Mixed groups or sets?

Schools often tend to either use mixed ability teaching or sets. There are advantages and drawbacks to each type. I’m going to try to explain the logic in both.

Schools are under huge timetable constraints with such a range of subjects and many other things going on. To put a school under even more strain to split the children into various sets would cause a lot of problems. Therefore, from a timetabling prospective mixed ability groups are a better option. The problem with mixed ability groups is that the teacher often pitches the lesson at the children in the middle of the group. So, the higher ability children tend to lose out and the lower ability children often can’t understand the lesson. Some teachers say that it makes the room more competitive, but I think it is far from ideal.

Sets are better, because it allows the teacher to target the level to the ability level of the child. This means that the group makes a lot more progress. However, it often causes time table problems with the school. Also, parents always want their child in the top set. Top sets are often taught more advanced work at a faster pace, whilst the bottom sets are taught the work at a slower pace. The lower ability children are often given colouring in to do.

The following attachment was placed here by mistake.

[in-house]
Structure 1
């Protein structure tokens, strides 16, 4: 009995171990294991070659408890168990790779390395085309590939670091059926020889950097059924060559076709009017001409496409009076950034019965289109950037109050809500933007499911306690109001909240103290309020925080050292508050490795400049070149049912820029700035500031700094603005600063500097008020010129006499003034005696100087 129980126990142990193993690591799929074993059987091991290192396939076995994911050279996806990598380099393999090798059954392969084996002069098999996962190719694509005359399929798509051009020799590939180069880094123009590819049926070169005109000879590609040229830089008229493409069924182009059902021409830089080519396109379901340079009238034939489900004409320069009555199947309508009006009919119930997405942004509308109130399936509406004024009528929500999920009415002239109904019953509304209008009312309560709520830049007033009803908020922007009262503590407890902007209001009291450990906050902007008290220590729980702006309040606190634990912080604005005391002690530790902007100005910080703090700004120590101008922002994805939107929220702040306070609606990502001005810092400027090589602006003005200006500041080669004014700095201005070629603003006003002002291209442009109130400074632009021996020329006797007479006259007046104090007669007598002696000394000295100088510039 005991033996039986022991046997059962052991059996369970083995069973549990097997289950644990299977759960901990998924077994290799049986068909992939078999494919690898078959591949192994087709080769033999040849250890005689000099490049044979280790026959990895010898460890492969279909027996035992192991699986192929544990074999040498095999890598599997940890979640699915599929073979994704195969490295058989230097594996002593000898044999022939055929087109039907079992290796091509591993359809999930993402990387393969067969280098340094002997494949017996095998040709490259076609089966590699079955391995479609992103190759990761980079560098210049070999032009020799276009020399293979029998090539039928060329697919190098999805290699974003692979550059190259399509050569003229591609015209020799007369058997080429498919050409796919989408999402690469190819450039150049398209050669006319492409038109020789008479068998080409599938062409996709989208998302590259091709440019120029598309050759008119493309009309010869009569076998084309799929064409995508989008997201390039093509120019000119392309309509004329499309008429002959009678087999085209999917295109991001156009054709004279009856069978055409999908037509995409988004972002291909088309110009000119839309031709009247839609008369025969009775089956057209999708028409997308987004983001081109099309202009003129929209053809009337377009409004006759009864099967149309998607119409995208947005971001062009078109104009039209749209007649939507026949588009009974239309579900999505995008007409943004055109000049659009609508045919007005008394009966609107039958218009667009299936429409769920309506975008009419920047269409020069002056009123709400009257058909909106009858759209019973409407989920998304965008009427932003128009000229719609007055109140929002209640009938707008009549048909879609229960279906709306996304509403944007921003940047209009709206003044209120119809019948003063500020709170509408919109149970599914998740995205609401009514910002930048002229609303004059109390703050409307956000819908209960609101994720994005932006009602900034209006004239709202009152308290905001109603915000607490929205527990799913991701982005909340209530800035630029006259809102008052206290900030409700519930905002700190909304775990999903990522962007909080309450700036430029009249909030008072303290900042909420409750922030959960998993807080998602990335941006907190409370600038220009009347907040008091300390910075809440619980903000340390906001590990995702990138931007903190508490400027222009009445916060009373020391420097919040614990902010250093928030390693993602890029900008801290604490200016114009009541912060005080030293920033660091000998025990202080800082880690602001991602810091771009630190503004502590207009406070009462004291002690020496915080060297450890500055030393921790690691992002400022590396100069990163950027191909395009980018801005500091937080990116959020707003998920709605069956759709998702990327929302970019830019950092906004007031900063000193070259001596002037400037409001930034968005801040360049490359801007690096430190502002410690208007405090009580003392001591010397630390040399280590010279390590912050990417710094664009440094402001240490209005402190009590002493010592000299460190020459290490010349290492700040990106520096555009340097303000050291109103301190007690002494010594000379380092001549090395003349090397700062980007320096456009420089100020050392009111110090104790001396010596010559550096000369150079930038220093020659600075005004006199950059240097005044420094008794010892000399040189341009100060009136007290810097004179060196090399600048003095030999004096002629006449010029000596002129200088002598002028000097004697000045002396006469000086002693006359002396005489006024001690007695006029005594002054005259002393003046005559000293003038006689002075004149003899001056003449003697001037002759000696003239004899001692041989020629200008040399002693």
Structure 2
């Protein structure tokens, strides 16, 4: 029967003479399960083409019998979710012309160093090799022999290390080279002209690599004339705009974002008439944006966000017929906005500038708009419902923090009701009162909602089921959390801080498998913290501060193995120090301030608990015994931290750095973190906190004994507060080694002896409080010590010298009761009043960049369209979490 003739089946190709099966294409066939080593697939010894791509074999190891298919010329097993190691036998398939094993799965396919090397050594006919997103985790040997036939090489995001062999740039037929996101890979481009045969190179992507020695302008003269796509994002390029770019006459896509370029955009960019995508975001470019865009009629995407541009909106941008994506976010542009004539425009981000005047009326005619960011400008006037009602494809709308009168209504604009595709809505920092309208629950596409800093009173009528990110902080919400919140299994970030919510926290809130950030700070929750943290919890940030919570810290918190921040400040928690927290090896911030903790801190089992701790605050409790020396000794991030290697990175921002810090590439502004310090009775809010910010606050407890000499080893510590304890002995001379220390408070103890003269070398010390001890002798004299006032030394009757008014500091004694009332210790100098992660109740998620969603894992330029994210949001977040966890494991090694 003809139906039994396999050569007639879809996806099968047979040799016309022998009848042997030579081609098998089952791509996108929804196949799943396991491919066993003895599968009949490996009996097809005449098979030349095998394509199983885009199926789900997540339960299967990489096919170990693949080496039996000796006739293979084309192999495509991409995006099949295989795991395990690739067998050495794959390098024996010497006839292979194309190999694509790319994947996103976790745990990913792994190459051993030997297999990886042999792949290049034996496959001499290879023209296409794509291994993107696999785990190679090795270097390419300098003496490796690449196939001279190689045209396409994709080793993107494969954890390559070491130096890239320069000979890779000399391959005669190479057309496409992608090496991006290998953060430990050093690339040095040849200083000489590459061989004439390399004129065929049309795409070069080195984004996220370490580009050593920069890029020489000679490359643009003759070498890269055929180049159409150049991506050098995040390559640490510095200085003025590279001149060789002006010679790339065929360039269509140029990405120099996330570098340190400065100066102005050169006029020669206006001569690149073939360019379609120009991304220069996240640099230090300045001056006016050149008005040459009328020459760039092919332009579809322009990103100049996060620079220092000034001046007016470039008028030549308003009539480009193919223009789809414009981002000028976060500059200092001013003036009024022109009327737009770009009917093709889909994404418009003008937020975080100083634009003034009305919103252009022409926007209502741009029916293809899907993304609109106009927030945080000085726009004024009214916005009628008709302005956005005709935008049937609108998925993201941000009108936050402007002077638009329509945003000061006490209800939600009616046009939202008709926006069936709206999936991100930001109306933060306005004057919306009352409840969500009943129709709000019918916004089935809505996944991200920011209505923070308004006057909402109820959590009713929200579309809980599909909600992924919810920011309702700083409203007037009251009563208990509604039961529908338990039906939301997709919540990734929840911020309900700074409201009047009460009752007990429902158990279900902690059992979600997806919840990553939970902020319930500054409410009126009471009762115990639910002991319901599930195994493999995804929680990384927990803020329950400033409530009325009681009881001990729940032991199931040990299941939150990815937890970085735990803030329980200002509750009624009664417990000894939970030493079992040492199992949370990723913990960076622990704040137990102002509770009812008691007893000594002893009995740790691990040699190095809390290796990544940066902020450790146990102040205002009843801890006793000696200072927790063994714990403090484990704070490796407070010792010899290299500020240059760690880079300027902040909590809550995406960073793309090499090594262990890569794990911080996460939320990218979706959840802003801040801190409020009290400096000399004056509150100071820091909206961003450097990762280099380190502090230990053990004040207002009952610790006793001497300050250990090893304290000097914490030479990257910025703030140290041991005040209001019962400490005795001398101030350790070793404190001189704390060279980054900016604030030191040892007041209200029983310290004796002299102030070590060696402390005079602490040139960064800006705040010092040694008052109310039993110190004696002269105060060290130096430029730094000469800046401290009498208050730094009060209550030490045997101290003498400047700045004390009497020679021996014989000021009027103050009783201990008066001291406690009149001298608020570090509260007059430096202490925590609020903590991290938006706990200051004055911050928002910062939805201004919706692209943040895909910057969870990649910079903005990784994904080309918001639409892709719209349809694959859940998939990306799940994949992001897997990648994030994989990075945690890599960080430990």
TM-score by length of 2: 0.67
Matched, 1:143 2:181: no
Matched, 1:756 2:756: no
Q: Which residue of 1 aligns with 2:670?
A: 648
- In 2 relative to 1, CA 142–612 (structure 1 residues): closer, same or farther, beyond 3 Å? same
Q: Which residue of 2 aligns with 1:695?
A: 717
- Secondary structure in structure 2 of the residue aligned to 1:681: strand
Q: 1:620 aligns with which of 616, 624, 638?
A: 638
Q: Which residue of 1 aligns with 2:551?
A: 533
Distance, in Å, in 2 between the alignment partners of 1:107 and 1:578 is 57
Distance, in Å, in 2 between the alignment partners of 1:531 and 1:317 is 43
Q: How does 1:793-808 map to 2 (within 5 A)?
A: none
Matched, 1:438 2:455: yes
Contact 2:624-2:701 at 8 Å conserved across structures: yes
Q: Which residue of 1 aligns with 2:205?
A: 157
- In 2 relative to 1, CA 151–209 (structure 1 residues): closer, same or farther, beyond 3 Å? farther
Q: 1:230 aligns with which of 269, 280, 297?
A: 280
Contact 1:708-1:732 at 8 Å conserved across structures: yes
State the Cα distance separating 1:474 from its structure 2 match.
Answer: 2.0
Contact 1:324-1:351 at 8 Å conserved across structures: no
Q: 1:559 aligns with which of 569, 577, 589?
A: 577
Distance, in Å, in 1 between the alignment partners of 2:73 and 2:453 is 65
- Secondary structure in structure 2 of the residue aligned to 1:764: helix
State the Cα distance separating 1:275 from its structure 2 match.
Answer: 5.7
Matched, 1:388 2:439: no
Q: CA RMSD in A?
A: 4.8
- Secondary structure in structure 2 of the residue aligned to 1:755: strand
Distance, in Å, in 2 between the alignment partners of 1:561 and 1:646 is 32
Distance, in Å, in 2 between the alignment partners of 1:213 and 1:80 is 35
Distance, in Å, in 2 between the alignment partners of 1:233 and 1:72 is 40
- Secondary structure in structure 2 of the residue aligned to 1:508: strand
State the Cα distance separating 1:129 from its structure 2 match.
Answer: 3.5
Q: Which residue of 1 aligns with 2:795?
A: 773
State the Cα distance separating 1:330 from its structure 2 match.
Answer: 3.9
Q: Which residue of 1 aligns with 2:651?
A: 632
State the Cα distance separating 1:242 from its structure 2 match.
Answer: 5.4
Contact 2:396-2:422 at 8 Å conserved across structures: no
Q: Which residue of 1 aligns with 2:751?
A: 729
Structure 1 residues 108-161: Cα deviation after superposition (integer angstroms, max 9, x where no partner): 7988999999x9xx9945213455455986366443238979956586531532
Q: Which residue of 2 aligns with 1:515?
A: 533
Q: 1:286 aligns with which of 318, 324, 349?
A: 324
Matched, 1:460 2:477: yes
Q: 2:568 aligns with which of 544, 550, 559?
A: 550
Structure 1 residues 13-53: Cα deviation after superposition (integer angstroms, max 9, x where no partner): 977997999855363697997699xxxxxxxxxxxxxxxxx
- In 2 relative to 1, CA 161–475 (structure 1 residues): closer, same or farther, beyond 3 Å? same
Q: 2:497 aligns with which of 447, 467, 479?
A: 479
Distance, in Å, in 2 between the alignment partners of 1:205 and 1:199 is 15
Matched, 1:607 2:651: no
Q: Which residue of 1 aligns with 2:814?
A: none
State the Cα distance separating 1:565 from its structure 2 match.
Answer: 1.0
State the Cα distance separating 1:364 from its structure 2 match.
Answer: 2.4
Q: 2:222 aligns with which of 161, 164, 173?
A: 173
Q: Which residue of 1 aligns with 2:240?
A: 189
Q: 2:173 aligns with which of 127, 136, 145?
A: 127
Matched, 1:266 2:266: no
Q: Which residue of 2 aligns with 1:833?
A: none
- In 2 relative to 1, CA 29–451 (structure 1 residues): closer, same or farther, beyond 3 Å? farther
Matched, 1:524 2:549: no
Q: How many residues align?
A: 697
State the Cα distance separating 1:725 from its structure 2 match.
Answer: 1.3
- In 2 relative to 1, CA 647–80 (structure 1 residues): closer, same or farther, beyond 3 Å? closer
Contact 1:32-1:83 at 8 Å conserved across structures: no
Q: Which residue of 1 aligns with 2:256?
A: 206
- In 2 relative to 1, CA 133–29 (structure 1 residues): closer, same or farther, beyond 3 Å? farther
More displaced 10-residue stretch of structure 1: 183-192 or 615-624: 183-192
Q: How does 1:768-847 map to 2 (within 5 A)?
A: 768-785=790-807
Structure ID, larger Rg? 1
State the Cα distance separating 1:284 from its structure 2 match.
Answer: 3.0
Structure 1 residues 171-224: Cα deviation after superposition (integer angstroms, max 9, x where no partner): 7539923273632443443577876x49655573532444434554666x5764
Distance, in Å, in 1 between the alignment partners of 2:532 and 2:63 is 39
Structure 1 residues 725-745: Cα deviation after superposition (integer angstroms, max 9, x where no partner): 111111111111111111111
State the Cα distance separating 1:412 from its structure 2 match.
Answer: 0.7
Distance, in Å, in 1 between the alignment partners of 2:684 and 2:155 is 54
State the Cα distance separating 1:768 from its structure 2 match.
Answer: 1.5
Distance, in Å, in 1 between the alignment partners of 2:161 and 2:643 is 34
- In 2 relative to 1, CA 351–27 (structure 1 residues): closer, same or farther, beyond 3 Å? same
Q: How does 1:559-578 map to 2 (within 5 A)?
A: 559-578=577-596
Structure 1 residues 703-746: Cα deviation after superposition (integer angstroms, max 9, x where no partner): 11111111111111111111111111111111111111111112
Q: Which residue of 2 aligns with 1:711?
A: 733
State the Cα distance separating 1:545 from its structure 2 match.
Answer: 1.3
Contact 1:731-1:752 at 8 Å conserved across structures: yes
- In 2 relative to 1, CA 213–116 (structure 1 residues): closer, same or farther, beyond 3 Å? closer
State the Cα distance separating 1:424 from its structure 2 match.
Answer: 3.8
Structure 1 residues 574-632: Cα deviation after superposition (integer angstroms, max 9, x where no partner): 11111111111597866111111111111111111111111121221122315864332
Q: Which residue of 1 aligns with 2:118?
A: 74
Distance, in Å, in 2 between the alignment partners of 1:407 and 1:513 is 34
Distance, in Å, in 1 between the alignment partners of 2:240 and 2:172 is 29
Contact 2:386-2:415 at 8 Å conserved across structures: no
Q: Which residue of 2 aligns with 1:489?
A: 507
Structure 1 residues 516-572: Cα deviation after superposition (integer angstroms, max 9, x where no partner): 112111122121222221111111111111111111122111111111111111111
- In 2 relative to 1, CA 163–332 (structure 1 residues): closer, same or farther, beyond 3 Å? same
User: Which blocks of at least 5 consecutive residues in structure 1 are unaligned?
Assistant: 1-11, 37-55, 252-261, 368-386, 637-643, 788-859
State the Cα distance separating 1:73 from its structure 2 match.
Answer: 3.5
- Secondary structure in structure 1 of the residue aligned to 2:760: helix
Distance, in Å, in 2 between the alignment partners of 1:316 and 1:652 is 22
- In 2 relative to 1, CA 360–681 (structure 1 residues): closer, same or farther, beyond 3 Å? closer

In both cases the teacher should provide differentiation to cater for the needs of all children. There are several ways that differentiation can occur. Differentiation by outcome is where the children are all set a task e.g. a worksheet. As they work through the worksheet, the questions become harder. So this will provide a level of differentiation and it is what most teachers will use. The alternative is differentiation by task, this is where the teacher gives the students different tasks to do. The lower ability children will have an easier task than the higher ability children. This is more problematic to use in the classroom as it makes it difficult to go through the work as a group afterwards. However, differentiation is the key to targetting childrens levels effectively. I often use differentiation in my group teaching and when I tutor children on a 1 to 1 basis.